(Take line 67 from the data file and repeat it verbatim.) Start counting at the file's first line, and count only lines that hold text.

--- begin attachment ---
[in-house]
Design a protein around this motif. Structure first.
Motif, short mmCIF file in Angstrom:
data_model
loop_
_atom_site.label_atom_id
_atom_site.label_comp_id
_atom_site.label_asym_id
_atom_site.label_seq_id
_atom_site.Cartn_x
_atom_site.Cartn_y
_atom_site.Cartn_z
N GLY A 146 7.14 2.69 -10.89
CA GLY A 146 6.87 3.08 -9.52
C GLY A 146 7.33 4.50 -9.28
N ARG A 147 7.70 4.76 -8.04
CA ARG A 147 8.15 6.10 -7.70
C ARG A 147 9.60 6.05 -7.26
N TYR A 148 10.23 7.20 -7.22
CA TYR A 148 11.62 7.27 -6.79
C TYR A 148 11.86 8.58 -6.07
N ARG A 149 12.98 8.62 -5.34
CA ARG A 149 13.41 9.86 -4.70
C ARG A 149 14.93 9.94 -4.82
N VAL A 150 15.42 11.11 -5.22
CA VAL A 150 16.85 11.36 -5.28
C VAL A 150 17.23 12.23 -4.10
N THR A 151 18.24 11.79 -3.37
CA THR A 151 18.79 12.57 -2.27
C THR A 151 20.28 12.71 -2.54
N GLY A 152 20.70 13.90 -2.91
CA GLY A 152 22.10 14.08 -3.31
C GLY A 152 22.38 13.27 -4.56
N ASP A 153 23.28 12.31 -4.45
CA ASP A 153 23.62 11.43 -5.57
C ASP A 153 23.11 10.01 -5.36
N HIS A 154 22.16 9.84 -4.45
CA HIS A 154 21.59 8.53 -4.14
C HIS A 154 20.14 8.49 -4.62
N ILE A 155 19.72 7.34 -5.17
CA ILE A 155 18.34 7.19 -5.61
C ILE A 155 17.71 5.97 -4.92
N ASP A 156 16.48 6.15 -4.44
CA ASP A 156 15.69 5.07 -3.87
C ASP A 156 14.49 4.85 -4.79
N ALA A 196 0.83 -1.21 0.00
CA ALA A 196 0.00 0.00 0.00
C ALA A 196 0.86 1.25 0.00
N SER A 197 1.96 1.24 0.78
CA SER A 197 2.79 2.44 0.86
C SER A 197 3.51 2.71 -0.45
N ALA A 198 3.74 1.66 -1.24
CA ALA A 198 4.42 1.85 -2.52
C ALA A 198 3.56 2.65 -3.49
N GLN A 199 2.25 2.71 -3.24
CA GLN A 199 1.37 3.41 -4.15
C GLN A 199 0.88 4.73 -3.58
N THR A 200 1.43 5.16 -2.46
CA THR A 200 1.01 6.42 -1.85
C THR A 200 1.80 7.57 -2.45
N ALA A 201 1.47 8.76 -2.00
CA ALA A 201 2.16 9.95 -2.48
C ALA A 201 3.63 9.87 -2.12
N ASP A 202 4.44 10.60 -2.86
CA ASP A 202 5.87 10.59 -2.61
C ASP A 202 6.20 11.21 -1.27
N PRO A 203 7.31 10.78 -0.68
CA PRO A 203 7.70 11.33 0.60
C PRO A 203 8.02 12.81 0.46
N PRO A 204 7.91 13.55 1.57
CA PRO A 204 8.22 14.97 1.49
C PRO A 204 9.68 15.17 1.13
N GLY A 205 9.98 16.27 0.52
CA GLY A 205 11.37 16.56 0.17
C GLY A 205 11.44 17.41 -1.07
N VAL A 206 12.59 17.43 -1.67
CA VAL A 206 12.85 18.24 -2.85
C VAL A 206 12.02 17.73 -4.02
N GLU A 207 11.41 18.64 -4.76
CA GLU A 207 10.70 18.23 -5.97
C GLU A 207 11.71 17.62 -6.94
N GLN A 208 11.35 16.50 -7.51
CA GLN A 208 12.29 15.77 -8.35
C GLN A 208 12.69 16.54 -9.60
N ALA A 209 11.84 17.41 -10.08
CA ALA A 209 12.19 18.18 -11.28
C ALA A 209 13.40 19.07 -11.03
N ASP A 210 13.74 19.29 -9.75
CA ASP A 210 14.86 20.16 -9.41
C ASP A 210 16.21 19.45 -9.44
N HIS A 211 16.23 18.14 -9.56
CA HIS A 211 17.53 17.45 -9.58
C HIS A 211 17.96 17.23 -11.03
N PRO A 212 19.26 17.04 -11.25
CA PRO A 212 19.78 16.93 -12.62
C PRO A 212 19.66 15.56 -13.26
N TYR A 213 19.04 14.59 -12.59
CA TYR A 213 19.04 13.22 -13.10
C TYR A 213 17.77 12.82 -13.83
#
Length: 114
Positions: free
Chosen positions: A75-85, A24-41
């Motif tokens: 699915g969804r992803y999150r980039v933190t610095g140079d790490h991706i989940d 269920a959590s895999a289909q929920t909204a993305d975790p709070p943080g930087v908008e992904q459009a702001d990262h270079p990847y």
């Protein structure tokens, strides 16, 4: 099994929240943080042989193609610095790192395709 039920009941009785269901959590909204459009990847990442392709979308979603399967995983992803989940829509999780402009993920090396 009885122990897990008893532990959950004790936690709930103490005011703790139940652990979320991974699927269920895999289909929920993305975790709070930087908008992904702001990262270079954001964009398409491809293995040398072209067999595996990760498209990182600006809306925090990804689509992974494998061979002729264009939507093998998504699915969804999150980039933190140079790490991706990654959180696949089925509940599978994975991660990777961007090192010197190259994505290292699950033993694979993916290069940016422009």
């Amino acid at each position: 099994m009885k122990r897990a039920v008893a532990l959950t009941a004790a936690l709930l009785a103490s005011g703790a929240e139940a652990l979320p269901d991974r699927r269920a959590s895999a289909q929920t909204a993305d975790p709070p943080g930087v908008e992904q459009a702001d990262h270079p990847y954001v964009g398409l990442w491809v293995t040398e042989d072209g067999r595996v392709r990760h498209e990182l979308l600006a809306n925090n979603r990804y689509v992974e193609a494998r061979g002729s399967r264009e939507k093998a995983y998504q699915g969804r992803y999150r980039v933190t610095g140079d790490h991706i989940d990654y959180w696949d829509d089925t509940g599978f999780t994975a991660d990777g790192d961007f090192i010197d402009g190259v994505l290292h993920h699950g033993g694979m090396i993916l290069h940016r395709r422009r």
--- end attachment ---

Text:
N PRO A 203 7.31 10.78 -0.68